Triage priorities

I remember watching M*A*S*H growing up and hearing a word they always used that took me some time to understand.

“Triage”.

Just by continuing to watch the show and figure out the context, it was always used when they had mass casualties. They had to go down the line of patients and determine who could wait for surgery, who needed to be in surgery right away, and who was unable to be saved.

Today the new iPhone 4S is available at stores. As a Verizon customer, I’ve been dealing with phone envy since the first iPhone was released over 4 years ago. I chose to stay with my carrier and patiently wait for the device to come to Verizon. I thought that would happen early in 2010, but no. Then it finally was announced that it was coming to Verizon, but halfway through the cycle of the iPhone 4 in 2010. I figured I’d wait until the traditional June release of the newest version in 2011. Then it became clear that it wouldn’t be June, but later in the summer. Then it was September. Then October. So now, it’s out.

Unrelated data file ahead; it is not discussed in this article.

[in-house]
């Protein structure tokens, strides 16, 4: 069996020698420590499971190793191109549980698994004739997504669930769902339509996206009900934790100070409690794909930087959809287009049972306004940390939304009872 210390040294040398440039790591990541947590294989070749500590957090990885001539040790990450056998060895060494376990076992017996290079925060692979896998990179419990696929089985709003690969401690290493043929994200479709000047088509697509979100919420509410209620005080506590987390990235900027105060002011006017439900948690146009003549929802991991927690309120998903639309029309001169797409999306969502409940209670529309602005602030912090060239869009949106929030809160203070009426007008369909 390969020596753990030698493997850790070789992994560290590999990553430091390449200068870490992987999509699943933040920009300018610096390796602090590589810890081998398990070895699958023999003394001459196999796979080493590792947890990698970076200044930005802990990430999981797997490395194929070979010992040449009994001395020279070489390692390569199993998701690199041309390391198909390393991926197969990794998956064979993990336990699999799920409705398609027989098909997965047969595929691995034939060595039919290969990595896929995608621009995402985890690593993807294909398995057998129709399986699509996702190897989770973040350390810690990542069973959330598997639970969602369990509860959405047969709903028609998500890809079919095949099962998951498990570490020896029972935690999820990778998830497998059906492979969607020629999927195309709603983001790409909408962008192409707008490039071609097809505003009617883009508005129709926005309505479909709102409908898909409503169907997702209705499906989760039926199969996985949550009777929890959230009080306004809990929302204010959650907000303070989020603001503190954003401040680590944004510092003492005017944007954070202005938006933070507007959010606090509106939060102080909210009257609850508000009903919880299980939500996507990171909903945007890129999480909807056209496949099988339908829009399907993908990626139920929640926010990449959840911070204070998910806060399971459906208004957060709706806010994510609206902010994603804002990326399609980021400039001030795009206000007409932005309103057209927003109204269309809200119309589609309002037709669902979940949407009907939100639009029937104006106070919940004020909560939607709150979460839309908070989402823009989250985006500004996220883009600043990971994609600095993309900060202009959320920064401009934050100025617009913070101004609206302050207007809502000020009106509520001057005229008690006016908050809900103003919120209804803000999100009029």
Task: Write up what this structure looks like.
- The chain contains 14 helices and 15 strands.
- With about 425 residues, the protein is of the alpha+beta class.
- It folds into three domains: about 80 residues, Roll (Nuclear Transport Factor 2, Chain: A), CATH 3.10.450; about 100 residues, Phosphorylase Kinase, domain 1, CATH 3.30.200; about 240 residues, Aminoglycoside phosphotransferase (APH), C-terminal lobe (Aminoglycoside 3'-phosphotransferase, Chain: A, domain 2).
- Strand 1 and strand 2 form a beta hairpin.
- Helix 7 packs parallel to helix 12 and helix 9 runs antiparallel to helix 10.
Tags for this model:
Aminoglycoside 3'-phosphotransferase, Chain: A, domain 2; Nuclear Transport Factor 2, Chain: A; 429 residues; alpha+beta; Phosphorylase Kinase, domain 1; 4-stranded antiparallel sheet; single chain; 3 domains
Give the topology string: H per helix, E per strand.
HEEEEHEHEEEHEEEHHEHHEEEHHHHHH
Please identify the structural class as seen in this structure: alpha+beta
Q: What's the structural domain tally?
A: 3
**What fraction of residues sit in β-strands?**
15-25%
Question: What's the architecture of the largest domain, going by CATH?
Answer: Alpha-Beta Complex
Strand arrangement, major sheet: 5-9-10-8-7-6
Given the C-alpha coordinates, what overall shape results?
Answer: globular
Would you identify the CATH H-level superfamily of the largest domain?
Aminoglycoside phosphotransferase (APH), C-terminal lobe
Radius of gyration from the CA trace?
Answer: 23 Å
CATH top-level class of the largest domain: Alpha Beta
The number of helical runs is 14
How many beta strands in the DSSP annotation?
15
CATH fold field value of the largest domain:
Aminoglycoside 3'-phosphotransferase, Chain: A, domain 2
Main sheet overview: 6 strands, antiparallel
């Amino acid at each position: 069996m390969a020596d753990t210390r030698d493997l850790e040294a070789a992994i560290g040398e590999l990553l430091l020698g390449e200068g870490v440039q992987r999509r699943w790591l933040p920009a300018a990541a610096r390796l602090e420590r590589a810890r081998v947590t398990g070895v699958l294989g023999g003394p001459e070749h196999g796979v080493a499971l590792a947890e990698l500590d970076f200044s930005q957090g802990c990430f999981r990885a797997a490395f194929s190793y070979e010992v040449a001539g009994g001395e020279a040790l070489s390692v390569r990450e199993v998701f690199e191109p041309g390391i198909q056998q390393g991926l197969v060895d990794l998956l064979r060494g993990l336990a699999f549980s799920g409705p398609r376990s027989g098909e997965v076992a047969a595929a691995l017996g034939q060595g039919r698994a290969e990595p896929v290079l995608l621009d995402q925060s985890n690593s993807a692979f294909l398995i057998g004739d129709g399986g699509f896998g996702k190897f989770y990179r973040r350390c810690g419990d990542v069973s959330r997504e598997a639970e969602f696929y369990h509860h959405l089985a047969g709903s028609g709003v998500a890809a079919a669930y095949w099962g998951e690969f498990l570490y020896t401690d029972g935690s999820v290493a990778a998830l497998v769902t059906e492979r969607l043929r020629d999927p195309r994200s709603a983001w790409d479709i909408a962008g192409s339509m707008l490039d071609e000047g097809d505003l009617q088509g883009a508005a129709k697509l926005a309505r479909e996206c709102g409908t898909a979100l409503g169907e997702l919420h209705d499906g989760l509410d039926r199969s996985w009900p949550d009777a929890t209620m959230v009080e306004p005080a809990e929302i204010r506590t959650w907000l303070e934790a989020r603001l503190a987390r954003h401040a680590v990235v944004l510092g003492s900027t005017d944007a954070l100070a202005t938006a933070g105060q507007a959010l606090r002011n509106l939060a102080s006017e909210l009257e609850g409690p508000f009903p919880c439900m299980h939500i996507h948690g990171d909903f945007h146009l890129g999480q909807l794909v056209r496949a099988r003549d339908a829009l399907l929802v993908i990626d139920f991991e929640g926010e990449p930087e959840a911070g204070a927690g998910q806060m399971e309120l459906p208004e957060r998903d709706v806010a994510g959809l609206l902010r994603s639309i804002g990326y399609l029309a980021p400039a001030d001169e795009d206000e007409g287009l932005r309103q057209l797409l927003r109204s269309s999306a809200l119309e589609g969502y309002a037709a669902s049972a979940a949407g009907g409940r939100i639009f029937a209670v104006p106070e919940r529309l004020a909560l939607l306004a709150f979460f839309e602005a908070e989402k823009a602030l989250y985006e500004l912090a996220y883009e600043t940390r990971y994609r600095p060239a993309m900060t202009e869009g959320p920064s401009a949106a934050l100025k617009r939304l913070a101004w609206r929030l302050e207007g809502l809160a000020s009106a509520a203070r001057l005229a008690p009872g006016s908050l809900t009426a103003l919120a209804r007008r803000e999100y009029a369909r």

What does this have to do with triage? Well, as life goes, my transmission on my car went out last month. Yep. Toast. That wiped out my budget. Business is slow this month so far. Therefore, tough decisions must be made. In reality, they are very obvious decisions, but they’re tough because it’s never fun to pass over luxuries for obligations. It’s tough to see people all excited when they are experiencing something you have to give up because of other priorities. It would be easy to get bitter. It would be easy to get angry. It would be easy to satisfy the immediate desire at the expense of the immediate need.

I’m not the most patient guy in the world. It’s almost as if God knows this about me. It’s almost as if He is purposely allowing me to be in situations where I have to grow up and be responsible, or go about my own way and create even bigger problems.

What can wait? What needs immediate attention? What am I holding on to that needs to die?

11 No discipline seems pleasant at the time, but painful. Later on, however, it produces a harvest of righteousness and peace for those who have been trained by it.  (Hebrews 12:11)

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